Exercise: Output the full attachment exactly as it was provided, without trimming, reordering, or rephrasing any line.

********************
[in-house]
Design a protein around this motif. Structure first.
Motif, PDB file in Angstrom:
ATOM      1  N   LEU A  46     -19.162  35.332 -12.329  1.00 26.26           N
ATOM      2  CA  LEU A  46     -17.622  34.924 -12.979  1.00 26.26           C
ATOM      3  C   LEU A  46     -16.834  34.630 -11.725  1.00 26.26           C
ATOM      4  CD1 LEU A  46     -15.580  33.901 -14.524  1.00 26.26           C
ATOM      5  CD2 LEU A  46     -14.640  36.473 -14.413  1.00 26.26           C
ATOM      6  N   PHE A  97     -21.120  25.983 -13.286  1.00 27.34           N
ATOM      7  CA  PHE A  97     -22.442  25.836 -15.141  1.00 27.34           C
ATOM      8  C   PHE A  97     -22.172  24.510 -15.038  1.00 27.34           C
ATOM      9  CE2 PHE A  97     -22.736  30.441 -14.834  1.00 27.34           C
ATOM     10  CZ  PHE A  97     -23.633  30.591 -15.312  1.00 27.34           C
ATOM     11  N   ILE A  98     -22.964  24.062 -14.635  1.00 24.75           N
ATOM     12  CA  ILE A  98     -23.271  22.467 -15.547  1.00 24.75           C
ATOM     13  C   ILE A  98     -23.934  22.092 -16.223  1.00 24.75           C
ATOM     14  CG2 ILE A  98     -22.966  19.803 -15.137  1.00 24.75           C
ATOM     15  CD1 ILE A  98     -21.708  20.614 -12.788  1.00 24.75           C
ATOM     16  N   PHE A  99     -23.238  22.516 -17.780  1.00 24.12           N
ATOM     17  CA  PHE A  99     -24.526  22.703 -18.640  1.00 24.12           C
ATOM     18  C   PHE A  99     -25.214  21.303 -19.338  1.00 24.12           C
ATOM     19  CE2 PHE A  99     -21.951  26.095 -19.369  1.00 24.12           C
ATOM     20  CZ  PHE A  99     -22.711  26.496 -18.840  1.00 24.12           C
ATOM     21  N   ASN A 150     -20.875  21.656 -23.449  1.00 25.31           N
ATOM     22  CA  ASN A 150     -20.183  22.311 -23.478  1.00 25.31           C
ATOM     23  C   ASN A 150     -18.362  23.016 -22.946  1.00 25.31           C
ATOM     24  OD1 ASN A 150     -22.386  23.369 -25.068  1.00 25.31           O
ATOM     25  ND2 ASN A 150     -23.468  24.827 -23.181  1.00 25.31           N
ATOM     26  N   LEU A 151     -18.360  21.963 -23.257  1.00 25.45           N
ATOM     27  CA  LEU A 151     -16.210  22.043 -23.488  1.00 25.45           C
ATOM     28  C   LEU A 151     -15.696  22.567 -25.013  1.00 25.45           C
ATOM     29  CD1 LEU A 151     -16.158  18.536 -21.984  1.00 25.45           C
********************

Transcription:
[in-house]
Design a protein around this motif. Structure first.
Motif, PDB file in Angstrom:
ATOM      1  N   LEU A  46     -19.162  35.332 -12.329  1.00 26.26           N
ATOM      2  CA  LEU A  46     -17.622  34.924 -12.979  1.00 26.26           C
ATOM      3  C   LEU A  46     -16.834  34.630 -11.725  1.00 26.26           C
ATOM      4  CD1 LEU A  46     -15.580  33.901 -14.524  1.00 26.26           C
ATOM      5  CD2 LEU A  46     -14.640  36.473 -14.413  1.00 26.26           C
ATOM      6  N   PHE A  97     -21.120  25.983 -13.286  1.00 27.34           N
ATOM      7  CA  PHE A  97     -22.442  25.836 -15.141  1.00 27.34           C
ATOM      8  C   PHE A  97     -22.172  24.510 -15.038  1.00 27.34           C
ATOM      9  CE2 PHE A  97     -22.736  30.441 -14.834  1.00 27.34           C
ATOM     10  CZ  PHE A  97     -23.633  30.591 -15.312  1.00 27.34           C
ATOM     11  N   ILE A  98     -22.964  24.062 -14.635  1.00 24.75           N
ATOM     12  CA  ILE A  98     -23.271  22.467 -15.547  1.00 24.75           C
ATOM     13  C   ILE A  98     -23.934  22.092 -16.223  1.00 24.75           C
ATOM     14  CG2 ILE A  98     -22.966  19.803 -15.137  1.00 24.75           C
ATOM     15  CD1 ILE A  98     -21.708  20.614 -12.788  1.00 24.75           C
ATOM     16  N   PHE A  99     -23.238  22.516 -17.780  1.00 24.12           N
ATOM     17  CA  PHE A  99     -24.526  22.703 -18.640  1.00 24.12           C
ATOM     18  C   PHE A  99     -25.214  21.303 -19.338  1.00 24.12           C
ATOM     19  CE2 PHE A  99     -21.951  26.095 -19.369  1.00 24.12           C
ATOM     20  CZ  PHE A  99     -22.711  26.496 -18.840  1.00 24.12           C
ATOM     21  N   ASN A 150     -20.875  21.656 -23.449  1.00 25.31           N
ATOM     22  CA  ASN A 150     -20.183  22.311 -23.478  1.00 25.31           C
ATOM     23  C   ASN A 150     -18.362  23.016 -22.946  1.00 25.31           C
ATOM     24  OD1 ASN A 150     -22.386  23.369 -25.068  1.00 25.31           O
ATOM     25  ND2 ASN A 150     -23.468  24.827 -23.181  1.00 25.31           N
ATOM     26  N   LEU A 151     -18.360  21.963 -23.257  1.00 25.45           N
ATOM     27  CA  LEU A 151     -16.210  22.043 -23.488  1.00 25.45           C
ATOM     28  C   LEU A 151     -15.696  22.567 -25.013  1.00 25.45           C
ATOM     29  CD1 LEU A 151     -16.158  18.536 -21.984  1.00 25.45           C